Queen of the Oil Club
The Intrepid Wanda Jablonski and the Power of Information
By Anna Rubino
(Beacon Press (MA), Hardcover, 9780807072776, 346pp.)
Publication Date: July 2008
Enter your zip code below to find indies closest to you.
This is the story of a gutsy journalist who challenged power-and succeeded. Wanda Jablonski was an investigative reporter, publisher, and power broker who came to wield exceptional influence on twentieth-century geopolitics by shedding light on the secretive world of oil from the 1950s through the 1980s. Jablonski unveiled many mysteries of the oil club, an elite group of Western executives who once controlled the international petroleum business.
Nicknamed the midwife of OPEC, Jablonski undermined Big Oil's dominance by exposing the vulnerabilities of the major oil companies and encouraging the rise of oil nationalism. Her scoops, commentaries, and private networking helped shape the debate that led to the creation of OPEC, the oil shocks of the 1970s, and the largest transfer of wealth in history.
Tenacious and glamorous, Wanda-as she was known in the oil world-coaxed her way into exploration sites in Middle Eastern deserts, drilling camps in the Venezuelan jungle, male-only boardrooms in New York and London, and the king's harem in Saudi Arabia. She survived threats, boycotts, and suspicions of espionage as she elicited information and insight from CEOs of the oil giants and political leaders, including the shah of Iran.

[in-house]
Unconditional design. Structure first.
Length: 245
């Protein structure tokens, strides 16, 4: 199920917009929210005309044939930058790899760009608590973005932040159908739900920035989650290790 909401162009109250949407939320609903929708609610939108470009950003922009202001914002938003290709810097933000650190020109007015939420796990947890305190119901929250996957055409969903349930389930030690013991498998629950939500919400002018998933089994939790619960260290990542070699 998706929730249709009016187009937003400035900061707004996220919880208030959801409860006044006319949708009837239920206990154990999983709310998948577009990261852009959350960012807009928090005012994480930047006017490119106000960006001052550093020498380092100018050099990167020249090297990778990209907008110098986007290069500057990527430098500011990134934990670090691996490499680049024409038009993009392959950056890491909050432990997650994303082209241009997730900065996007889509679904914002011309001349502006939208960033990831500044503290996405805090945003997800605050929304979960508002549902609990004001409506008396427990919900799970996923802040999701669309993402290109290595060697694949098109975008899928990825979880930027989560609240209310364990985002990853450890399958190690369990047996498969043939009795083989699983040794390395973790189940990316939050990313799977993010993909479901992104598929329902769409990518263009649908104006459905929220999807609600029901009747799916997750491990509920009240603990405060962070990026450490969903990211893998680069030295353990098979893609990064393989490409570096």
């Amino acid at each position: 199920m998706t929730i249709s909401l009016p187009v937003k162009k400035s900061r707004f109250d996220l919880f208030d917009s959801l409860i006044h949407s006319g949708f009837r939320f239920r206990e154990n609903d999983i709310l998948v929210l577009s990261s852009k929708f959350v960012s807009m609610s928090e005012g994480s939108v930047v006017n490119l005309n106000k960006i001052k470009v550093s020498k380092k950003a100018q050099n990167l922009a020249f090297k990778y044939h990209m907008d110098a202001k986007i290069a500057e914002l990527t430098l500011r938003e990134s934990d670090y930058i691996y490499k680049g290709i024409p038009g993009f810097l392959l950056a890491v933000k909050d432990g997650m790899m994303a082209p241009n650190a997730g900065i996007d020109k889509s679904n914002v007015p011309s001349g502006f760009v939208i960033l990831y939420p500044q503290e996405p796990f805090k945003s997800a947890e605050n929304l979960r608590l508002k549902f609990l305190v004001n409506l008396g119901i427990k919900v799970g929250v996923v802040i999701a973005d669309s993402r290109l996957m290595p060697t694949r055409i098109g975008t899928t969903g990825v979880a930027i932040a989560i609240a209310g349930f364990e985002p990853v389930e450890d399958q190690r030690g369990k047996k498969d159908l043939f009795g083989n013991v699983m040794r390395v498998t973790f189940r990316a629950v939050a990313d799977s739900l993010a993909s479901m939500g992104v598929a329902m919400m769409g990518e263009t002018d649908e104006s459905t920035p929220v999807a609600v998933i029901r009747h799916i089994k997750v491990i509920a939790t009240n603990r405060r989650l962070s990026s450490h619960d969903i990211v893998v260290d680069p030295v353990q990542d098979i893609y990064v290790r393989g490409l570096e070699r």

Working for the Journal of Commerce and other New York publications, Jablonski defied the prevailing view that a woman reporting on business had no credibility. In 1961, divorced and suddenly jobless, she took a big gamble by starting her own newsletter, Petroleum Intelligence Weekly, which was soon dubbed the "bible" of the oil world.
Today, when conflict in the Middle East and climate change cause us to reexamine our reliance on oil, Jablonski's prescience-whether about oil dependency, cultural insensitivity, or market manipulation-proves remarkable.
Anna Rubino, who reported for Jablonski in the 1980s, uses scores of interviews, exclusive access to her private papers, and newly declassified information to tell the dramatic story of this journalistic pioneer and the power of information.